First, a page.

The non-linguistic status of the Symmetry Condition in signed languages
Evidence from a comparison of signs and speech-accompanying representational gestures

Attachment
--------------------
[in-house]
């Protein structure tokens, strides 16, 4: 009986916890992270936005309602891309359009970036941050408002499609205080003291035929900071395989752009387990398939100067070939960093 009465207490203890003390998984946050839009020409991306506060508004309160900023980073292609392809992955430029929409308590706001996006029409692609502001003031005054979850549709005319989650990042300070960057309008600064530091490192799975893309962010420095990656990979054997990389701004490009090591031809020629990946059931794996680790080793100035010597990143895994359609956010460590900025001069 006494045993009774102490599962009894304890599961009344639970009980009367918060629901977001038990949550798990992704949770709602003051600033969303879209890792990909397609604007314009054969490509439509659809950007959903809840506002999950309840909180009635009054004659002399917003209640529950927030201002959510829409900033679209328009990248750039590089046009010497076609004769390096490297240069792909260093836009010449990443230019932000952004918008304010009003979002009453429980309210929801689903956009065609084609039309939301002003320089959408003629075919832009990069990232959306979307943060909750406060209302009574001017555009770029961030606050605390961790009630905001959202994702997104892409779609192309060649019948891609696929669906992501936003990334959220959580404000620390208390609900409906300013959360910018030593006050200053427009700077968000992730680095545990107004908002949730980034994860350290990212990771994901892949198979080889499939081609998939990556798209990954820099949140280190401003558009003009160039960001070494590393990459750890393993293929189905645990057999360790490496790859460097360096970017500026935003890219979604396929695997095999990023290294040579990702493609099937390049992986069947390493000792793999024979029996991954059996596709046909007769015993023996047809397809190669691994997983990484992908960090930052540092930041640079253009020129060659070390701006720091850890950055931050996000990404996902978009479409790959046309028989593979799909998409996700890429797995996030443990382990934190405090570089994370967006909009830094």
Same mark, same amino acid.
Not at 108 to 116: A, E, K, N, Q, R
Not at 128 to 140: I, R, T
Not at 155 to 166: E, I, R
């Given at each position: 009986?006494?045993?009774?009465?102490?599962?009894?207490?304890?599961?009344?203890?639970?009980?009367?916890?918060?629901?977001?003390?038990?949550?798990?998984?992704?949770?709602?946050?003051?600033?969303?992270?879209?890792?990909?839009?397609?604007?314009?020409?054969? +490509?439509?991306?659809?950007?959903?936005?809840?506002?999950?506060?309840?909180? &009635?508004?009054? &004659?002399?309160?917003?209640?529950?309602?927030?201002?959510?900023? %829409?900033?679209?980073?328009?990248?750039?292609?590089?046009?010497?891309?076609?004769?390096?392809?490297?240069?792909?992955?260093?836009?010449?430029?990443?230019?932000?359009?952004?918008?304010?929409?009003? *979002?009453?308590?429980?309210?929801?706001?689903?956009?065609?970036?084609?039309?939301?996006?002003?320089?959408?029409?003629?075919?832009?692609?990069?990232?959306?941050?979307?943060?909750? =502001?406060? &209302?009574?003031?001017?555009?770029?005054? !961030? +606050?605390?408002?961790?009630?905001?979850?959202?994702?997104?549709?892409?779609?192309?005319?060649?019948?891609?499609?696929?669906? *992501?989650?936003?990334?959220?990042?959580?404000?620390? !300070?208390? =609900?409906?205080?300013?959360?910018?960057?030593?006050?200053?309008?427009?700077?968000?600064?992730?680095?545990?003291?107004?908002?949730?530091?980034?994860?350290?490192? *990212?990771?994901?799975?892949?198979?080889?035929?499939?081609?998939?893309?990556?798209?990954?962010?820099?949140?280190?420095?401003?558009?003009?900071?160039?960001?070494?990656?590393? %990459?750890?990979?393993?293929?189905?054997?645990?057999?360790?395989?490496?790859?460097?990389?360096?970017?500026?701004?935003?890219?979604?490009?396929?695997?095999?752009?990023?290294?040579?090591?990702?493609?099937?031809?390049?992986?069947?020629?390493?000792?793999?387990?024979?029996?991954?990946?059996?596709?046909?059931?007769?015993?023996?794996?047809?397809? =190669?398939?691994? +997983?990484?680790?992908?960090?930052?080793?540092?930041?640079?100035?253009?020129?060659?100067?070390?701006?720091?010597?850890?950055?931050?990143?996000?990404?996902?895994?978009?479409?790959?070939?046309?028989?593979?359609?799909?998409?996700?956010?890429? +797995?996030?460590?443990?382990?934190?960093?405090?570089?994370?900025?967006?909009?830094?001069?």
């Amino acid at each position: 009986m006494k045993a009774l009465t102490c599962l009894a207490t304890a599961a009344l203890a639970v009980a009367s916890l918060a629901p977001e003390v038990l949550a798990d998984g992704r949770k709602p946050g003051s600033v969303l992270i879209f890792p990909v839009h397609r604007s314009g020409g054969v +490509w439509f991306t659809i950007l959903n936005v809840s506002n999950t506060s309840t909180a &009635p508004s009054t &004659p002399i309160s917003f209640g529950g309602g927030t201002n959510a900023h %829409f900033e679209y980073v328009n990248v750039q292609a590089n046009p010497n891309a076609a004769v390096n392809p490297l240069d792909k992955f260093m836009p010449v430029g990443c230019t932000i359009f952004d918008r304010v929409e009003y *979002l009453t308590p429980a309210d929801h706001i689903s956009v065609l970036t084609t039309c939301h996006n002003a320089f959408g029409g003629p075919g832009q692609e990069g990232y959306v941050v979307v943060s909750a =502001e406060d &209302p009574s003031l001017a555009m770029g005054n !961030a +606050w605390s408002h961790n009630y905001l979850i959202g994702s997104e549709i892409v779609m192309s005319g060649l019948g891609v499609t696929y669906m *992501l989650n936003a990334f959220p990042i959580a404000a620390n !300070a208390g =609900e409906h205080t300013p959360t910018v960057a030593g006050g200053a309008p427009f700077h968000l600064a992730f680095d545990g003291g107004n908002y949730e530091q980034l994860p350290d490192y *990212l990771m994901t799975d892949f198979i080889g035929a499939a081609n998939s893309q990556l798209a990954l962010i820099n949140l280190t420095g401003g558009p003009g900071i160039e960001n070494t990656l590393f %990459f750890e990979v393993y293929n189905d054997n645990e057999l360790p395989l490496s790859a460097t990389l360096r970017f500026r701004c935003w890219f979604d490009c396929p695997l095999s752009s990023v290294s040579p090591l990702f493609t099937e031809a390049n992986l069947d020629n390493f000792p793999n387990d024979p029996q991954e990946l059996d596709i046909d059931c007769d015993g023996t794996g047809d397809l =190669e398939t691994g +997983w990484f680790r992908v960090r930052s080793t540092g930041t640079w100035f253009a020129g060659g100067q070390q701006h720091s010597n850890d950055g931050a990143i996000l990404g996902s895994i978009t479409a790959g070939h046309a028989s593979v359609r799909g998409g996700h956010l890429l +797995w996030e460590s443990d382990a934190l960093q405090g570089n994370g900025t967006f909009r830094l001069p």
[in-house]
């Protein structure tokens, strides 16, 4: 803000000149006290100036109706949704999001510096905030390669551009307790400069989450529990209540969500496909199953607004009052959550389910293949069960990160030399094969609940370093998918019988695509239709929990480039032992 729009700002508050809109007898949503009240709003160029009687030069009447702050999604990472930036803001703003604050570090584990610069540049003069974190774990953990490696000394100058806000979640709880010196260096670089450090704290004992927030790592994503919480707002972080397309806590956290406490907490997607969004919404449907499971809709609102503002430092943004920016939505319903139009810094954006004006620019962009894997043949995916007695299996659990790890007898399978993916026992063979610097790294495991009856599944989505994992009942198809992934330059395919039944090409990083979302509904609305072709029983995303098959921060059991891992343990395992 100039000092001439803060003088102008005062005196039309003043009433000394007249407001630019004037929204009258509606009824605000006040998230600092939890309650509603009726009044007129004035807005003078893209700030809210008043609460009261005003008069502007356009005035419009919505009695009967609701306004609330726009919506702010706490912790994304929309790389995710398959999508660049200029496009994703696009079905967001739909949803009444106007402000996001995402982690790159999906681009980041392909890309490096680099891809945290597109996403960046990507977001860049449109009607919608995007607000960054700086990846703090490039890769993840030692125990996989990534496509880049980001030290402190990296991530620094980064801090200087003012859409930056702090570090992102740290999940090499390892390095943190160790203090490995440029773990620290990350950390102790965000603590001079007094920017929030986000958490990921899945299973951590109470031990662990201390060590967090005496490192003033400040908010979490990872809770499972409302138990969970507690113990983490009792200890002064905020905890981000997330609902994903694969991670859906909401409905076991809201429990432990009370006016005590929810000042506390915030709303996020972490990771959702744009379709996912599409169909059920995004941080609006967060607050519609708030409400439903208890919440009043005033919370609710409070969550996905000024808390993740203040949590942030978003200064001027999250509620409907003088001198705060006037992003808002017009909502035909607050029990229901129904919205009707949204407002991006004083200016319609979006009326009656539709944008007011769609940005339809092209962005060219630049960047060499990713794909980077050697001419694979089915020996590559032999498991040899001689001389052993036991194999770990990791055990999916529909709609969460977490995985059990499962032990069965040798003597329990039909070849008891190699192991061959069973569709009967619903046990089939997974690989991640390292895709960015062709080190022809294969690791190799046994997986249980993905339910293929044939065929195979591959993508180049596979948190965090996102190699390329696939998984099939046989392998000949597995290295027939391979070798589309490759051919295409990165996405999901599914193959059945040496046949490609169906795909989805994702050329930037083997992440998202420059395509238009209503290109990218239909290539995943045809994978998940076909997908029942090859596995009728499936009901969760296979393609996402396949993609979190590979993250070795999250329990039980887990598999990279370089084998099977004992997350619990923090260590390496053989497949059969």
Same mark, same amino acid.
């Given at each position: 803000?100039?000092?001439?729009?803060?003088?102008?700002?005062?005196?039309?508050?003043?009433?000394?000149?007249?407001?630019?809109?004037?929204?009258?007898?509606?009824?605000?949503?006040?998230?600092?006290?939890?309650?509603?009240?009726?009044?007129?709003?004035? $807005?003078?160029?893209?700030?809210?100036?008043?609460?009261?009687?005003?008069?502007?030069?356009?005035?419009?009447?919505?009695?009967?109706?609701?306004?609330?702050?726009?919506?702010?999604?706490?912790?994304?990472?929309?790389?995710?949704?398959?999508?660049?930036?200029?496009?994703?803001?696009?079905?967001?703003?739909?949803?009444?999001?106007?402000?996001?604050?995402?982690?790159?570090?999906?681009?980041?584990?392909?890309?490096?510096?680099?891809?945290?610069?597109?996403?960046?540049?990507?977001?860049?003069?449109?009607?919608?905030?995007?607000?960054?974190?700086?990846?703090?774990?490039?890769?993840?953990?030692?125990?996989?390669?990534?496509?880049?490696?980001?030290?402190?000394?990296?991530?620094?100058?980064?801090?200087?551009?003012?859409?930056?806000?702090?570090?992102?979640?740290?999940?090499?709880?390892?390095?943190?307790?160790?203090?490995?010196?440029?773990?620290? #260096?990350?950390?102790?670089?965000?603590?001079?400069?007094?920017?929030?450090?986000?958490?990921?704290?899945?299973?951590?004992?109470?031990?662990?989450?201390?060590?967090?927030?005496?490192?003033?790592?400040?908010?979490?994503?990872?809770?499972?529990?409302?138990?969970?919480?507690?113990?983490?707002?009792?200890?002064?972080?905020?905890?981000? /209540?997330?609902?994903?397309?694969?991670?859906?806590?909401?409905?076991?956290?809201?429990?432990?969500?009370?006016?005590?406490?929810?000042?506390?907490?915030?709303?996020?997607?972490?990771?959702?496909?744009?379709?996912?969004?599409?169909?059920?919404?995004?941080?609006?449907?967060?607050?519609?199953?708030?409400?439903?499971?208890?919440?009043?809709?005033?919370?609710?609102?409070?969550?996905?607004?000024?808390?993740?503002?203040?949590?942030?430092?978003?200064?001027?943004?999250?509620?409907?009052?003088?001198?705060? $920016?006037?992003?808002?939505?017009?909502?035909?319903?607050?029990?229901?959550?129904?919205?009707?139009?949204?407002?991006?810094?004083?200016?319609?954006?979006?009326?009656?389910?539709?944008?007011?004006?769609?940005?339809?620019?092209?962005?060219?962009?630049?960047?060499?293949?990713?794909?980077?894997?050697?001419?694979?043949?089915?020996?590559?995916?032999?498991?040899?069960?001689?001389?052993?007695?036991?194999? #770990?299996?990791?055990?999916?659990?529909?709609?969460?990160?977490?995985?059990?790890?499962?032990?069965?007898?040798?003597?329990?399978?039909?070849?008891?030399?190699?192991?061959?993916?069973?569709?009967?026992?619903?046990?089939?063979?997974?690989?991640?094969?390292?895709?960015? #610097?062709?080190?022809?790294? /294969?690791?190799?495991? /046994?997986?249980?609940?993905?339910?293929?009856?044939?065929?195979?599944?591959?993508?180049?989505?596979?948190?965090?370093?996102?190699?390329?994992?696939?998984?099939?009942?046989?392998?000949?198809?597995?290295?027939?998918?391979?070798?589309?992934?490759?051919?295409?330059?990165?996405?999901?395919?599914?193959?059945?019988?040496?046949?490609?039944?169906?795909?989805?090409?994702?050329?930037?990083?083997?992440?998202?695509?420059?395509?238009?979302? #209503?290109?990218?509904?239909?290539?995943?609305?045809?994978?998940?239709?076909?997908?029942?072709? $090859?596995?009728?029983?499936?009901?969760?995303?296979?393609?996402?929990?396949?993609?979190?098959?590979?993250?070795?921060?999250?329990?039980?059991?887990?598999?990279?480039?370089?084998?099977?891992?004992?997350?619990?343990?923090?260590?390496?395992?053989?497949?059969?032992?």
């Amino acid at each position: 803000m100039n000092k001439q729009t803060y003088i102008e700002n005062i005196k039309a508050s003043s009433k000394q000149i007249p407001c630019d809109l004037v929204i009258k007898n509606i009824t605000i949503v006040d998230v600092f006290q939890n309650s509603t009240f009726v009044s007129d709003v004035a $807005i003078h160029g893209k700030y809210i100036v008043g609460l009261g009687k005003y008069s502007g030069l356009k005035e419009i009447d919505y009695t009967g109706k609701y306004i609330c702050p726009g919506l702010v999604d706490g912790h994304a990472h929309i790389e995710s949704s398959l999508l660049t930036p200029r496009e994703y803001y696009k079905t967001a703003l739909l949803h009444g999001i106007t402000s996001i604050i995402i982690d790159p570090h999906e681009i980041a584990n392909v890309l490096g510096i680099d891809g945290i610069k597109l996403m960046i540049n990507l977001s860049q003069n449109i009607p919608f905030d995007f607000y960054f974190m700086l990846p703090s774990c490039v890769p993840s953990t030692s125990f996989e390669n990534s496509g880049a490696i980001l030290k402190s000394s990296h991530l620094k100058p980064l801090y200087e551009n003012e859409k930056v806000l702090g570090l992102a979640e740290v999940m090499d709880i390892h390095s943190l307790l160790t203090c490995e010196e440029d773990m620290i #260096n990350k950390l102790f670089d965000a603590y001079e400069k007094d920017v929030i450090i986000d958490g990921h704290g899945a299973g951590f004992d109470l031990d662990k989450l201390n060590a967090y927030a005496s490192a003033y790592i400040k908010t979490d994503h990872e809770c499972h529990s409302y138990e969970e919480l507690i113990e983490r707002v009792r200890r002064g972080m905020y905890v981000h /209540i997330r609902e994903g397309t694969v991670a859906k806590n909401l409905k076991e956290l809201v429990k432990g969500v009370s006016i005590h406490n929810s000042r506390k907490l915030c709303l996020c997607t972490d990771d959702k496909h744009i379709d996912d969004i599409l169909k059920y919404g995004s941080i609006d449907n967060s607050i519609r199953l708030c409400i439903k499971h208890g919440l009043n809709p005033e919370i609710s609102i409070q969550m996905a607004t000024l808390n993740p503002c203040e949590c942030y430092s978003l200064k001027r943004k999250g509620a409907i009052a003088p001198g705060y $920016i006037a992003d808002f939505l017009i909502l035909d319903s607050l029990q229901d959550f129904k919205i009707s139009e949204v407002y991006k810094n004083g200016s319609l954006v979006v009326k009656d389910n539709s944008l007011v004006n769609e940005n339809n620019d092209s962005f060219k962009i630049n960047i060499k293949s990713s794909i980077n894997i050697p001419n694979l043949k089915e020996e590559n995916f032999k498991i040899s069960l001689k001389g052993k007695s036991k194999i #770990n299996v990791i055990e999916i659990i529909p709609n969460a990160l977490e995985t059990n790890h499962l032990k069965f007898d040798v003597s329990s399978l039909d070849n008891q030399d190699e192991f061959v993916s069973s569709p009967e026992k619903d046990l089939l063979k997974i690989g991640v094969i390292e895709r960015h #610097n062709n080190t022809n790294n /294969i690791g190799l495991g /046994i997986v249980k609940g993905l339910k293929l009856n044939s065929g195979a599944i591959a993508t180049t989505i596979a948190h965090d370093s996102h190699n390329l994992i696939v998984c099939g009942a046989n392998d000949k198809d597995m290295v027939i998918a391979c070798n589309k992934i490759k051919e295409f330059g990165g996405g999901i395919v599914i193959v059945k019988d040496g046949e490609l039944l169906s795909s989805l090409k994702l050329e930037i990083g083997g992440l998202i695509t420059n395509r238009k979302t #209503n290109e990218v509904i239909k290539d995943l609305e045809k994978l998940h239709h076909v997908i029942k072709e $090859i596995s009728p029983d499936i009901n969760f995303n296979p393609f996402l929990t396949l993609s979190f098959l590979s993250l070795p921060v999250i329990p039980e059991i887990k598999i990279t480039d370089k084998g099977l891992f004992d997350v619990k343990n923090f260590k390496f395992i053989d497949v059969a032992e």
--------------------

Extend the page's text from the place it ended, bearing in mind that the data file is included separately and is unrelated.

Since Battison (1978), it has been noted in many signed languages that the Symmetry Condition constrains the form of two-handed signs in which two hands move independently. The Condition states that the form features (e.g., the handshapes and movements) of the two hands are ‘symmetrical’. The Symmetry Condition has been regarded in the literature as a part of signed language phonology. In this study, we examine the linguistic status of the Symmetry Condition by comparing the degree of symmetry in signs from Sign Language of the Netherlands and speech-accompanying representational gestures produced by Dutch speakers. Like signed language, such gestures use hand movements to express concepts, but they do not constitute a linguistic system in their own right. We found that the Symmetry Condition holds equally well for signs and spontaneous gestures. This indicates that this condition is a general cognitive constraint, rather than a constraint specific to language. We suggest that the Symmetry Condition is a manifestation of the mind having one active ‘mental articulator’ when expressing a concept with hand movements.
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